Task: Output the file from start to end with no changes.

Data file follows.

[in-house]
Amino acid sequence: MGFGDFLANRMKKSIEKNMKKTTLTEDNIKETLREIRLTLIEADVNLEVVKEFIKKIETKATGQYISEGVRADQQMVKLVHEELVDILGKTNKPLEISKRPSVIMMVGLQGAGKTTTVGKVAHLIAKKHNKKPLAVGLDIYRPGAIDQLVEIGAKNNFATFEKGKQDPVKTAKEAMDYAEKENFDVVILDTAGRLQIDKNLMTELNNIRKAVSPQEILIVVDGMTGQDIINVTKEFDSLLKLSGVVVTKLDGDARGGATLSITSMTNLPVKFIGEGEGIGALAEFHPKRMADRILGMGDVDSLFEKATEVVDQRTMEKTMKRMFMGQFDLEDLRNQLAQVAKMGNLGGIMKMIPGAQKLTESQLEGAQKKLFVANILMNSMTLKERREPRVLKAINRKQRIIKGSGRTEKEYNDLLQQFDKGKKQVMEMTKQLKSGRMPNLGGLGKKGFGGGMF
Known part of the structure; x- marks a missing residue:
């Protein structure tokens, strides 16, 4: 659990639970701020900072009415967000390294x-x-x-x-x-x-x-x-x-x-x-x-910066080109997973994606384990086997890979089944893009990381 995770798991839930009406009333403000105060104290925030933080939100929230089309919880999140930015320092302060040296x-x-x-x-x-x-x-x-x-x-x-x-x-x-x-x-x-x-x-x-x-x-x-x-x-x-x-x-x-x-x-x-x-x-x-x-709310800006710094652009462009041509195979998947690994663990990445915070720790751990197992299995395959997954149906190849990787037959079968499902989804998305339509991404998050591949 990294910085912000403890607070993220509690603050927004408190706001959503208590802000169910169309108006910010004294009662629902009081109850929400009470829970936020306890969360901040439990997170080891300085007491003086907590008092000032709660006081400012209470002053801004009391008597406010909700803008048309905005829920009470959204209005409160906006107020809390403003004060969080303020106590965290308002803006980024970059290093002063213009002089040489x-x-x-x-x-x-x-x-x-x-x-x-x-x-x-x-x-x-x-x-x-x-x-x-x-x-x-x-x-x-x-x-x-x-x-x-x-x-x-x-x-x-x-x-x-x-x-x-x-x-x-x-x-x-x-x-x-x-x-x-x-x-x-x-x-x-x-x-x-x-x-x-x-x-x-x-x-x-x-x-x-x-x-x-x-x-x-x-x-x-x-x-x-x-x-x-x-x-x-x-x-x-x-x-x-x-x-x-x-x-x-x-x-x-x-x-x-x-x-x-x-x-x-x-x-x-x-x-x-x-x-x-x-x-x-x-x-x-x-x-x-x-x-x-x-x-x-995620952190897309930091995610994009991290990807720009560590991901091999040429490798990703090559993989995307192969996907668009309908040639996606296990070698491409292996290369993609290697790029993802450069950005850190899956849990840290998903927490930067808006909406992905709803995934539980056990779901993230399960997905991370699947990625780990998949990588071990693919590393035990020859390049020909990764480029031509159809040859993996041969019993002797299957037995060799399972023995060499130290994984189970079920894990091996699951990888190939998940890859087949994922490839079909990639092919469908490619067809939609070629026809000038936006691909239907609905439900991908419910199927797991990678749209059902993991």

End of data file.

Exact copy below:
[in-house]
Amino acid sequence: MGFGDFLANRMKKSIEKNMKKTTLTEDNIKETLREIRLTLIEADVNLEVVKEFIKKIETKATGQYISEGVRADQQMVKLVHEELVDILGKTNKPLEISKRPSVIMMVGLQGAGKTTTVGKVAHLIAKKHNKKPLAVGLDIYRPGAIDQLVEIGAKNNFATFEKGKQDPVKTAKEAMDYAEKENFDVVILDTAGRLQIDKNLMTELNNIRKAVSPQEILIVVDGMTGQDIINVTKEFDSLLKLSGVVVTKLDGDARGGATLSITSMTNLPVKFIGEGEGIGALAEFHPKRMADRILGMGDVDSLFEKATEVVDQRTMEKTMKRMFMGQFDLEDLRNQLAQVAKMGNLGGIMKMIPGAQKLTESQLEGAQKKLFVANILMNSMTLKERREPRVLKAINRKQRIIKGSGRTEKEYNDLLQQFDKGKKQVMEMTKQLKSGRMPNLGGLGKKGFGGGMF
Known part of the structure; x- marks a missing residue:
């Protein structure tokens, strides 16, 4: 659990639970701020900072009415967000390294x-x-x-x-x-x-x-x-x-x-x-x-910066080109997973994606384990086997890979089944893009990381 995770798991839930009406009333403000105060104290925030933080939100929230089309919880999140930015320092302060040296x-x-x-x-x-x-x-x-x-x-x-x-x-x-x-x-x-x-x-x-x-x-x-x-x-x-x-x-x-x-x-x-x-x-x-x-709310800006710094652009462009041509195979998947690994663990990445915070720790751990197992299995395959997954149906190849990787037959079968499902989804998305339509991404998050591949 990294910085912000403890607070993220509690603050927004408190706001959503208590802000169910169309108006910010004294009662629902009081109850929400009470829970936020306890969360901040439990997170080891300085007491003086907590008092000032709660006081400012209470002053801004009391008597406010909700803008048309905005829920009470959204209005409160906006107020809390403003004060969080303020106590965290308002803006980024970059290093002063213009002089040489x-x-x-x-x-x-x-x-x-x-x-x-x-x-x-x-x-x-x-x-x-x-x-x-x-x-x-x-x-x-x-x-x-x-x-x-x-x-x-x-x-x-x-x-x-x-x-x-x-x-x-x-x-x-x-x-x-x-x-x-x-x-x-x-x-x-x-x-x-x-x-x-x-x-x-x-x-x-x-x-x-x-x-x-x-x-x-x-x-x-x-x-x-x-x-x-x-x-x-x-x-x-x-x-x-x-x-x-x-x-x-x-x-x-x-x-x-x-x-x-x-x-x-x-x-x-x-x-x-x-x-x-x-x-x-x-x-x-x-x-x-x-x-x-x-x-x-995620952190897309930091995610994009991290990807720009560590991901091999040429490798990703090559993989995307192969996907668009309908040639996606296990070698491409292996290369993609290697790029993802450069950005850190899956849990840290998903927490930067808006909406992905709803995934539980056990779901993230399960997905991370699947990625780990998949990588071990693919590393035990020859390049020909990764480029031509159809040859993996041969019993002797299957037995060799399972023995060499130290994984189970079920894990091996699951990888190939998940890859087949994922490839079909990639092919469908490619067809939609070629026809000038936006691909239907609905439900991908419910199927797991990678749209059902993991």